Websites offering investment advice need to be aware they may be breaking the law, warns the Hong Kong Securities and Futures Commission (SFC) in a circular on the provision of financial information on the internet released this week.

Even sites that just provide a link to another site offering advice may need to seek legal advice as to whether such an action constitutes "dealing in securities", which is subject to regulation.

The commission notes that "an increasing number of websites are engaged in the provision of financial information or investment advice", and it is "concerned that some of the websites may be operating unlawfully".

Keeping up with the changes in the financial markets presents a challenge for regulators, which aim to encourage new business and services, and at the same time protect investors. However, as the SFC states: "Regulated activities should be uniformly regulated, irrespective of whether such activities are conducted via paper-based or electronic media."

As a minimum, anyone dispensing investment advice must be registered in Hong Kong as an investment adviser. That is fine for sites which are the online vehicles of established investment banks or stockbroking firms û but there may be some unregistered sites engaged in dealing without knowing it.

While the report recommends licensing requirements not be extended to cover "activities concerned solely with the provision of generic factual market information where no recommendation on specific securities or investment advice has been made", hyperlinks to other sites which do provide such recommendations, in particular where there is some incentive for the viewer to "click through" to the other site, may mean a licence is required.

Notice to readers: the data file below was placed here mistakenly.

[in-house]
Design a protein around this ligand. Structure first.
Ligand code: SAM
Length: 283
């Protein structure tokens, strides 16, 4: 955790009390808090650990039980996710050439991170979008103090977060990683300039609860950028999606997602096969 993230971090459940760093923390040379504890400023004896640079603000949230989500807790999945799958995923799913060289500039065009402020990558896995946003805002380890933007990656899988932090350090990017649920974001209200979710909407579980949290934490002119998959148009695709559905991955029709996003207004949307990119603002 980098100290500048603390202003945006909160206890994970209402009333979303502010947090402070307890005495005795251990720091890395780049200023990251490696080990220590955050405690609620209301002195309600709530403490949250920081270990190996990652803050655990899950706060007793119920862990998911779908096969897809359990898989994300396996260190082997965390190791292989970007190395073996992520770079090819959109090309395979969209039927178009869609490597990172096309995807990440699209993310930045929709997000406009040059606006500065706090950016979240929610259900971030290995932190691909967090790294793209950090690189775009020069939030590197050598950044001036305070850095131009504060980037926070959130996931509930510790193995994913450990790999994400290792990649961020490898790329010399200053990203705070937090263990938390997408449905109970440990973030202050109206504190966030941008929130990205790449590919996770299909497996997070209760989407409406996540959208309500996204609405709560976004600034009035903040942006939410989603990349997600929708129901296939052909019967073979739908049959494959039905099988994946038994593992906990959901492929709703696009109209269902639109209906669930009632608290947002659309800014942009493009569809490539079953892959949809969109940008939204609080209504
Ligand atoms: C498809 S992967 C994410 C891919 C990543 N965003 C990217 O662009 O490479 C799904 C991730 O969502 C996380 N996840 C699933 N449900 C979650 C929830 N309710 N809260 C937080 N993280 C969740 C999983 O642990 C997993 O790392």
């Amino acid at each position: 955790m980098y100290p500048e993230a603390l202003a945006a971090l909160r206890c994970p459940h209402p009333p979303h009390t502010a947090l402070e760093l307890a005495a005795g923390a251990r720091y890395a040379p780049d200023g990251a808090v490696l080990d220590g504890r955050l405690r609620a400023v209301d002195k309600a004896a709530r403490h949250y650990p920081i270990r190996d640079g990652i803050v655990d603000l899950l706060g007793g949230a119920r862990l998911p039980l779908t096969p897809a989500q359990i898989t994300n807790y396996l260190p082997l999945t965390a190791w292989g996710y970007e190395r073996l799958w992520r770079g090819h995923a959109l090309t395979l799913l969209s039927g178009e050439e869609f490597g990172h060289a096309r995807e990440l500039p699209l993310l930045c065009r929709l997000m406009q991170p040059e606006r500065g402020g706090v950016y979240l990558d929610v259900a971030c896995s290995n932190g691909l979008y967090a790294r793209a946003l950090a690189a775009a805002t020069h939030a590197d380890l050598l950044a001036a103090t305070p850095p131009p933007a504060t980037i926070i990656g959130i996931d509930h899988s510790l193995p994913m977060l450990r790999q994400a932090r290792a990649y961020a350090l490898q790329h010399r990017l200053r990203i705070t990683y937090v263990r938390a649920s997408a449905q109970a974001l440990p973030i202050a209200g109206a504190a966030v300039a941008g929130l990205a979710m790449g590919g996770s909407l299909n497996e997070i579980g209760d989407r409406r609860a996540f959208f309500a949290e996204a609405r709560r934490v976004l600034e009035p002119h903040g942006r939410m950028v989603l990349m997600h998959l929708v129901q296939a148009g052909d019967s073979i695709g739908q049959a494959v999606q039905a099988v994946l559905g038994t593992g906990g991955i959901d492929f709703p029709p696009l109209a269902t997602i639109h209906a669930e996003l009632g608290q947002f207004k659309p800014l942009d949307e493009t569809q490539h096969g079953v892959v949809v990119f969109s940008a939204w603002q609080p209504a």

"In this regard," the commission says, "it should be noted that effecting any introduction of a client to a securities dealer in return for a commission or other remuneration may constitute 'dealing in securities' which may trigger a licensing requirement."

Other common services provided on investment-related sites include analytical tools, which may identify a variety of investment possibilities or recommendation presenting different choices to users. In this case, says the SFC, the provider would be regarded as giving investment advice.

"An example of an analytical tool able to make specific recommendation on the basis of the investment profile [risk aversion, age, projected cash flow] as determined by the user," it says.

The report also covers the receipt of remuneration, which it says has not been defined in any of the relevant ordinances. The SFC considers remuneration should include both direct and indirect forms.

"This is the approach that best serves the objective of investor protection, without the burden of over-regulation. In this context, notwithstanding that the websites concerned may not levy any direct charge on visitors for services or advice given, a benefit or advantage indirectly derived, such as from advertisements or hyperlinks with other websites, may amount to remuneration."

Website operators are advised to seek legal advice about how the law applies to their business.